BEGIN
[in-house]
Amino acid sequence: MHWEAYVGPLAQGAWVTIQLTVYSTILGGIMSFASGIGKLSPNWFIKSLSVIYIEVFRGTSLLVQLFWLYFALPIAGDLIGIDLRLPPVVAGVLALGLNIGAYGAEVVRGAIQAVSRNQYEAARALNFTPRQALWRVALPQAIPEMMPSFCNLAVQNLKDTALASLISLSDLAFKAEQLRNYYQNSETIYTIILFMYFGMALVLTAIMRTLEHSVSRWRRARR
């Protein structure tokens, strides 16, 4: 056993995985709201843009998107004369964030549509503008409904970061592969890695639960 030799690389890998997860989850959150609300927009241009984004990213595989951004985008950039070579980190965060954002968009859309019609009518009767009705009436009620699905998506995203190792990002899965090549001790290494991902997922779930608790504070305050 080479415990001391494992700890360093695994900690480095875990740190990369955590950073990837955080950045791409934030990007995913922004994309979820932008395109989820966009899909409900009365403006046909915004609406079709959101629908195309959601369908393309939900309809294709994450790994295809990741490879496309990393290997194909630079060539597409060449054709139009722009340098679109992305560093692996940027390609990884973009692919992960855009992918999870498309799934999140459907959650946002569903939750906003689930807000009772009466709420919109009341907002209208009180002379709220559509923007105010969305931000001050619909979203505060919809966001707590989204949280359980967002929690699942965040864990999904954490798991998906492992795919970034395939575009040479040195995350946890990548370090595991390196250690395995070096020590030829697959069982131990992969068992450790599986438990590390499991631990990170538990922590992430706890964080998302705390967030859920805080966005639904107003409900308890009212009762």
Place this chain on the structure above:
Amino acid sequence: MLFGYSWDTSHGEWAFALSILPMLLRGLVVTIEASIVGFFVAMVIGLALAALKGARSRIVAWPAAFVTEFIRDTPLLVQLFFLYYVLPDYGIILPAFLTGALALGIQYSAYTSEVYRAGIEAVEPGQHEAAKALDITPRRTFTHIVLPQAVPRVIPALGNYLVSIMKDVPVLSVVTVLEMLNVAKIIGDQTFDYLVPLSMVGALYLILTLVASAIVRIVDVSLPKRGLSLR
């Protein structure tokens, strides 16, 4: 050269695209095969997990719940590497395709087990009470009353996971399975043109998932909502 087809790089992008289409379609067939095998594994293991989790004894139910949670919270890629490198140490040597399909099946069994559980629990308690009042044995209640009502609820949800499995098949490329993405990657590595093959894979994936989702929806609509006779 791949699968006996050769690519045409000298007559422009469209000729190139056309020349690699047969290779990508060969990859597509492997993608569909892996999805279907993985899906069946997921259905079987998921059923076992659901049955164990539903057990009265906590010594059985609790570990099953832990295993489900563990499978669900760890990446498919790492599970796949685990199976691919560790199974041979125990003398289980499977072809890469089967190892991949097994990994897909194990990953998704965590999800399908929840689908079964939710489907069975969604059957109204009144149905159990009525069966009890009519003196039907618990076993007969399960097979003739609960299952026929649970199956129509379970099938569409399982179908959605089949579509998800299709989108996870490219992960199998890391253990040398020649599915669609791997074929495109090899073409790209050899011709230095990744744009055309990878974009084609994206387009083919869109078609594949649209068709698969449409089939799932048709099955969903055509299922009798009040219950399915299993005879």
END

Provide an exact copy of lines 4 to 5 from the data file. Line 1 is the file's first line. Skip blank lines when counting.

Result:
Place this chain on the structure above:
Amino acid sequence: MLFGYSWDTSHGEWAFALSILPMLLRGLVVTIEASIVGFFVAMVIGLALAALKGARSRIVAWPAAFVTEFIRDTPLLVQLFFLYYVLPDYGIILPAFLTGALALGIQYSAYTSEVYRAGIEAVEPGQHEAAKALDITPRRTFTHIVLPQAVPRVIPALGNYLVSIMKDVPVLSVVTVLEMLNVAKIIGDQTFDYLVPLSMVGALYLILTLVASAIVRIVDVSLPKRGLSLR